Australia Day in Doomadgee

Doomadgee, we write it
In our orthography
Really should be

No flag raising here
No speech or ceremony
On Australia Day
In Doomadgee

River runs warm
Kiddies swim and swarm
On Australia Day
In Doomadgee

Uncles bashing
In Australian passion
On Australia Eve
Here in Doomadgee

Broken hand, broken
Jaw, cut faces and more:
That’s Australia Day
In Doomadgee.

Adam Goodes
Too far away
This Australia Day
In Doomadgee

A busy day this
Australia Day
In the hospital
In Doomadgee

We plaster, we suture
Like there’s no future:
Future no feature 
of Australia Day,
Not here, no way, 
In Doomadgee

The end of Australia Day –
Quietness falls
In hospital halls
Of Doomadgee

But short the respite –
Quick! Elder sick,
Dying On Australia night –
Dying here in Doomadgee?

Quiet, quiet, his voice, his breath –
Small his smile at threshold of death –
Good night Australia:
System failure in Doomadgee

Beside him, quiet woman – or girl –
His guard and ward in this world
Trembles, faces an Australian day
Elderless in Doomadgee.

He slips away from teeming kin
Who hold tears and keening in;
A dreadful peace on Australia Day
And quiet, this night in Doomadgee.

5 thoughts on “Australia Day in Doomadgee

  1. I found this excellent, also, and if it’s OK with you, I’d like to share it on my Facebook page.

    What date do you think would be a far better one? I thought of Confederation, but that was 1 January, and Australians wouldn’t want to lose a public holiday!


    • Hello Yvonne the everfaithful

      Thanks for responding

      Why not?
      I suspect once I’ve put it out on the web anyone can share it any where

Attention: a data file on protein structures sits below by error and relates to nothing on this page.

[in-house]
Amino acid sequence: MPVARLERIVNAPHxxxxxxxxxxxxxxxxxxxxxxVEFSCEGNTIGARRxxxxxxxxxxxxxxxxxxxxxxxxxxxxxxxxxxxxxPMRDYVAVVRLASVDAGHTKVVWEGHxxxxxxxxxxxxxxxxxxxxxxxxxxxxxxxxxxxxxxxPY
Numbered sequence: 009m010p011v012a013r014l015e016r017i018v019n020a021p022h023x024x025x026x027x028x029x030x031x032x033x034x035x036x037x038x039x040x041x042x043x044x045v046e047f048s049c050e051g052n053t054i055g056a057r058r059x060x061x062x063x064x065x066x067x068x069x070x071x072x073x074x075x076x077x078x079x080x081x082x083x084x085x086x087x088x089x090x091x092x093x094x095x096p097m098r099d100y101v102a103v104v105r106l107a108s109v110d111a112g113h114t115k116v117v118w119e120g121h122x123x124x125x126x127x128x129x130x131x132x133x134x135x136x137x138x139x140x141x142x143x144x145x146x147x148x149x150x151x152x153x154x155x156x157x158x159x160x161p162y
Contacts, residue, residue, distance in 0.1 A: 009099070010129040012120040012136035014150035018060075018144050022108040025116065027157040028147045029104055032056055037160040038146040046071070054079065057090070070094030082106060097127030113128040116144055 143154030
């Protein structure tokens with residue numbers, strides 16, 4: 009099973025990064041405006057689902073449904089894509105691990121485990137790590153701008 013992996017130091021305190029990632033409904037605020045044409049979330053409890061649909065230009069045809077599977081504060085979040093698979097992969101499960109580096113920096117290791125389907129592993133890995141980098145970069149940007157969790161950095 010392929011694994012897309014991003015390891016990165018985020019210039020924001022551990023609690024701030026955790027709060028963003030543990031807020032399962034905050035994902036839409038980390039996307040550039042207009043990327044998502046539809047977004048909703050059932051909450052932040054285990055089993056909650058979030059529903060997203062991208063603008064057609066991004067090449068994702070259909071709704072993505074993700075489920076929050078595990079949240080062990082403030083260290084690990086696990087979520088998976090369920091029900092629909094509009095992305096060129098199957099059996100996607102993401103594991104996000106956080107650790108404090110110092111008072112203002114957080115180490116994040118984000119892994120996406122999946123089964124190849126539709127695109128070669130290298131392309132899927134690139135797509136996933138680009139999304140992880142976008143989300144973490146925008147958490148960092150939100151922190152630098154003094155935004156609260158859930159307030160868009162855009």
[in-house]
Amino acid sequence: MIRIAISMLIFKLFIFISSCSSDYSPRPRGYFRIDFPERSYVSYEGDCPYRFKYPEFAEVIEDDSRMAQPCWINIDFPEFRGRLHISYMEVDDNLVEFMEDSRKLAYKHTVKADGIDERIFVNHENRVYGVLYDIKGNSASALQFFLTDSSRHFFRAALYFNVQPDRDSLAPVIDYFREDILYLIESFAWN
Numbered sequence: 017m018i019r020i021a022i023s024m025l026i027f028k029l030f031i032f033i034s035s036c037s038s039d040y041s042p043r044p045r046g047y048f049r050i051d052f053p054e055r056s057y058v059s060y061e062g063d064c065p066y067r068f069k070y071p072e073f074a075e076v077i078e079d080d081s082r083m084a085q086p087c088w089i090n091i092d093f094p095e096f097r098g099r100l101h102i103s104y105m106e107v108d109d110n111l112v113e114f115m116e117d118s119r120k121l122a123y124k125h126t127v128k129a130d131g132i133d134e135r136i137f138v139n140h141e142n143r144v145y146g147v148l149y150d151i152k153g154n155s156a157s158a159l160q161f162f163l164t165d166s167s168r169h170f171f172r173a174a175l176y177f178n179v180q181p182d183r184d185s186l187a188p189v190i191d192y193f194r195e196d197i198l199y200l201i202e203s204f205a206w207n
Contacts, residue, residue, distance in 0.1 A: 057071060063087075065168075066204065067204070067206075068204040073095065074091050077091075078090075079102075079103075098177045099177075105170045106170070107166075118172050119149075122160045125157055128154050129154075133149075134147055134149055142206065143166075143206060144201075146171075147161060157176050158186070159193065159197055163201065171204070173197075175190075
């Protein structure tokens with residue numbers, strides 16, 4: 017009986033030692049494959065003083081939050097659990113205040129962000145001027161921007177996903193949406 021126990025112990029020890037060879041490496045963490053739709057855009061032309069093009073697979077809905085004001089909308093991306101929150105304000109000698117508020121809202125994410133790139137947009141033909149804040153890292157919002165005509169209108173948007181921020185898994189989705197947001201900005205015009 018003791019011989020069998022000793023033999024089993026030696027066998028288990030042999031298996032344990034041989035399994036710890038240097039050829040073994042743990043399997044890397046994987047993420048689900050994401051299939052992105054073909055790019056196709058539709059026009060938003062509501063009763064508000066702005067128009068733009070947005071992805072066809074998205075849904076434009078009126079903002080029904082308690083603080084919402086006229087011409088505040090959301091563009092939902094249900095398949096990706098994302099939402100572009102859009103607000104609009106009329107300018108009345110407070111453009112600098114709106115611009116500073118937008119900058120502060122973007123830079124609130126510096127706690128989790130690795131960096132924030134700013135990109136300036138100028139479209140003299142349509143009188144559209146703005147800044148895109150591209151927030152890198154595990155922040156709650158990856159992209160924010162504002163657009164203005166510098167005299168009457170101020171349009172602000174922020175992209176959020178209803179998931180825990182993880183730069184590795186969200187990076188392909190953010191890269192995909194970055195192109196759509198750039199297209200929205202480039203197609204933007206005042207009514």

And I’d feel gratified if you did so, Yvonne

      Which date?

      Maybe indigenous people could help us choose

      In some ways January 26 is just right
      But we need our national day to encompass the making of the whole composite nation

      And our celebrations to encompass all

      And to acknowledge the admired pride and pain and ambiguity



      Liked by 1 person

    • Thank you darling

      I rather doubted this would please my more conservative reader

      I feared I would be read as a selfhating whitefella

      A person who is unable to celebrate his nation

      Nothing like that is true

      It is quite a complicated sentiment that prompts this post

      I put myself in the place of first Australians and imagine how they can feel hurt by our celebrating this particular calendar date as the birth of a nation

      Instead January 26 marks the first day in the dying of a land full of nations

      And 26 January cannot be a fully national event until encompasses the whole nation

      I watched the parade in the city today

      Saw how the Chinese could celebrate with dragons dance and drums their full membership of this nation

      The Indian dancers followed

      The Highland pipers and drummers in their kilts were next

      I saw no Aboriginal dance
      Heard no didgeridoo

      I could not rejoice as I long to

      I look forward to the day I take your newborn to the parade on a different date and we see all the dancers, hear all the musics




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